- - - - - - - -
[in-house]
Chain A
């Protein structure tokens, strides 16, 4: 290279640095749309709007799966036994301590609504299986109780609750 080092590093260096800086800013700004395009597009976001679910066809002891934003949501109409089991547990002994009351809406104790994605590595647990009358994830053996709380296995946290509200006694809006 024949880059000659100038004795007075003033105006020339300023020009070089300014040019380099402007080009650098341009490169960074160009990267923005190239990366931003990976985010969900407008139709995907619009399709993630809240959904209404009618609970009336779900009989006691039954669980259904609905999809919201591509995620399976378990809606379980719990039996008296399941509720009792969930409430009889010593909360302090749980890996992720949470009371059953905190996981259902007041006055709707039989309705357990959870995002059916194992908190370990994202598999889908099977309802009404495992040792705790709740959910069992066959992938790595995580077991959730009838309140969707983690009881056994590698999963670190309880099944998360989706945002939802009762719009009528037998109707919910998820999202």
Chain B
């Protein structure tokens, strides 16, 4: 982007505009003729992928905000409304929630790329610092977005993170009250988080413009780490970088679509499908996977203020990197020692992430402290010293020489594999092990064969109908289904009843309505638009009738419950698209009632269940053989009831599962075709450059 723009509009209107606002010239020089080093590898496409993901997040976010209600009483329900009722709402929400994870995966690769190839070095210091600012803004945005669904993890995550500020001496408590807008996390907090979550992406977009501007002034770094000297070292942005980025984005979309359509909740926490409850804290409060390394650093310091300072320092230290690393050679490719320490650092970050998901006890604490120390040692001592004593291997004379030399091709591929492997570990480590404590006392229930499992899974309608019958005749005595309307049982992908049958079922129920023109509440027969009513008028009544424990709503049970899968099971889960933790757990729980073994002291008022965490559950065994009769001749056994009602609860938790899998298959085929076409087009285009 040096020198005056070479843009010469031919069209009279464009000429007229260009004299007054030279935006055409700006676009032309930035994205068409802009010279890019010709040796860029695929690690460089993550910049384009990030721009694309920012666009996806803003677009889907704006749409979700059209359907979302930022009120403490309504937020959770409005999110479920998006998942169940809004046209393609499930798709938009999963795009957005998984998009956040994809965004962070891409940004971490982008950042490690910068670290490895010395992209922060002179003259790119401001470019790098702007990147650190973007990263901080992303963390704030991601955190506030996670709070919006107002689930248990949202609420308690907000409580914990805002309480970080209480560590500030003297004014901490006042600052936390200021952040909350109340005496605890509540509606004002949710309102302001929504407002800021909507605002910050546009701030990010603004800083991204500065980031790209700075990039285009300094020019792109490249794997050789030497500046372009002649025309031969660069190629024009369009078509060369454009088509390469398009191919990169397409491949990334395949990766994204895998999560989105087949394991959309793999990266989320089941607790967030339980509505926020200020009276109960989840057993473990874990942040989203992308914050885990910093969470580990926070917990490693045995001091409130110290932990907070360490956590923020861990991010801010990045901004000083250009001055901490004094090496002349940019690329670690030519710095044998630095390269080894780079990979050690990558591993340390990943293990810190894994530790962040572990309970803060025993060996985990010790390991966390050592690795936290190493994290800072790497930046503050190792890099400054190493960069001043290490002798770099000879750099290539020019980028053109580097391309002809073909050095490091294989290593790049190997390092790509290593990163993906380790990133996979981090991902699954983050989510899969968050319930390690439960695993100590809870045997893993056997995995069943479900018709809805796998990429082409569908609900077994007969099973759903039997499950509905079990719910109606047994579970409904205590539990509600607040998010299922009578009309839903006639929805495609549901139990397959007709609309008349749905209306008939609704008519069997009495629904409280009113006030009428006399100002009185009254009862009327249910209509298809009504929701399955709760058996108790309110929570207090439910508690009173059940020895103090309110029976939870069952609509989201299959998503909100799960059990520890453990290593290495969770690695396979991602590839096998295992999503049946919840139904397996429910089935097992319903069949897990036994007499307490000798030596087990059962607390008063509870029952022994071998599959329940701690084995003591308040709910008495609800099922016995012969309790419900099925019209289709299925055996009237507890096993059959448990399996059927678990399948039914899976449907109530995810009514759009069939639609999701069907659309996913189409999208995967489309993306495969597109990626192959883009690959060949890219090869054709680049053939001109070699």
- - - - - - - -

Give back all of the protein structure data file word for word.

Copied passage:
[in-house]
Chain A
């Protein structure tokens, strides 16, 4: 290279640095749309709007799966036994301590609504299986109780609750 080092590093260096800086800013700004395009597009976001679910066809002891934003949501109409089991547990002994009351809406104790994605590595647990009358994830053996709380296995946290509200006694809006 024949880059000659100038004795007075003033105006020339300023020009070089300014040019380099402007080009650098341009490169960074160009990267923005190239990366931003990976985010969900407008139709995907619009399709993630809240959904209404009618609970009336779900009989006691039954669980259904609905999809919201591509995620399976378990809606379980719990039996008296399941509720009792969930409430009889010593909360302090749980890996992720949470009371059953905190996981259902007041006055709707039989309705357990959870995002059916194992908190370990994202598999889908099977309802009404495992040792705790709740959910069992066959992938790595995580077991959730009838309140969707983690009881056994590698999963670190309880099944998360989706945002939802009762719009009528037998109707919910998820999202």
Chain B
């Protein structure tokens, strides 16, 4: 982007505009003729992928905000409304929630790329610092977005993170009250988080413009780490970088679509499908996977203020990197020692992430402290010293020489594999092990064969109908289904009843309505638009009738419950698209009632269940053989009831599962075709450059 723009509009209107606002010239020089080093590898496409993901997040976010209600009483329900009722709402929400994870995966690769190839070095210091600012803004945005669904993890995550500020001496408590807008996390907090979550992406977009501007002034770094000297070292942005980025984005979309359509909740926490409850804290409060390394650093310091300072320092230290690393050679490719320490650092970050998901006890604490120390040692001592004593291997004379030399091709591929492997570990480590404590006392229930499992899974309608019958005749005595309307049982992908049958079922129920023109509440027969009513008028009544424990709503049970899968099971889960933790757990729980073994002291008022965490559950065994009769001749056994009602609860938790899998298959085929076409087009285009 040096020198005056070479843009010469031919069209009279464009000429007229260009004299007054030279935006055409700006676009032309930035994205068409802009010279890019010709040796860029695929690690460089993550910049384009990030721009694309920012666009996806803003677009889907704006749409979700059209359907979302930022009120403490309504937020959770409005999110479920998006998942169940809004046209393609499930798709938009999963795009957005998984998009956040994809965004962070891409940004971490982008950042490690910068670290490895010395992209922060002179003259790119401001470019790098702007990147650190973007990263901080992303963390704030991601955190506030996670709070919006107002689930248990949202609420308690907000409580914990805002309480970080209480560590500030003297004014901490006042600052936390200021952040909350109340005496605890509540509606004002949710309102302001929504407002800021909507605002910050546009701030990010603004800083991204500065980031790209700075990039285009300094020019792109490249794997050789030497500046372009002649025309031969660069190629024009369009078509060369454009088509390469398009191919990169397409491949990334395949990766994204895998999560989105087949394991959309793999990266989320089941607790967030339980509505926020200020009276109960989840057993473990874990942040989203992308914050885990910093969470580990926070917990490693045995001091409130110290932990907070360490956590923020861990991010801010990045901004000083250009001055901490004094090496002349940019690329670690030519710095044998630095390269080894780079990979050690990558591993340390990943293990810190894994530790962040572990309970803060025993060996985990010790390991966390050592690795936290190493994290800072790497930046503050190792890099400054190493960069001043290490002798770099000879750099290539020019980028053109580097391309002809073909050095490091294989290593790049190997390092790509290593990163993906380790990133996979981090991902699954983050989510899969968050319930390690439960695993100590809870045997893993056997995995069943479900018709809805796998990429082409569908609900077994007969099973759903039997499950509905079990719910109606047994579970409904205590539990509600607040998010299922009578009309839903006639929805495609549901139990397959007709609309008349749905209306008939609704008519069997009495629904409280009113006030009428006399100002009185009254009862009327249910209509298809009504929701399955709760058996108790309110929570207090439910508690009173059940020895103090309110029976939870069952609509989201299959998503909100799960059990520890453990290593290495969770690695396979991602590839096998295992999503049946919840139904397996429910089935097992319903069949897990036994007499307490000798030596087990059962607390008063509870029952022994071998599959329940701690084995003591308040709910008495609800099922016995012969309790419900099925019209289709299925055996009237507890096993059959448990399996059927678990399948039914899976449907109530995810009514759009069939639609999701069907659309996913189409999208995967489309993306495969597109990626192959883009690959060949890219090869054709680049053939001109070699």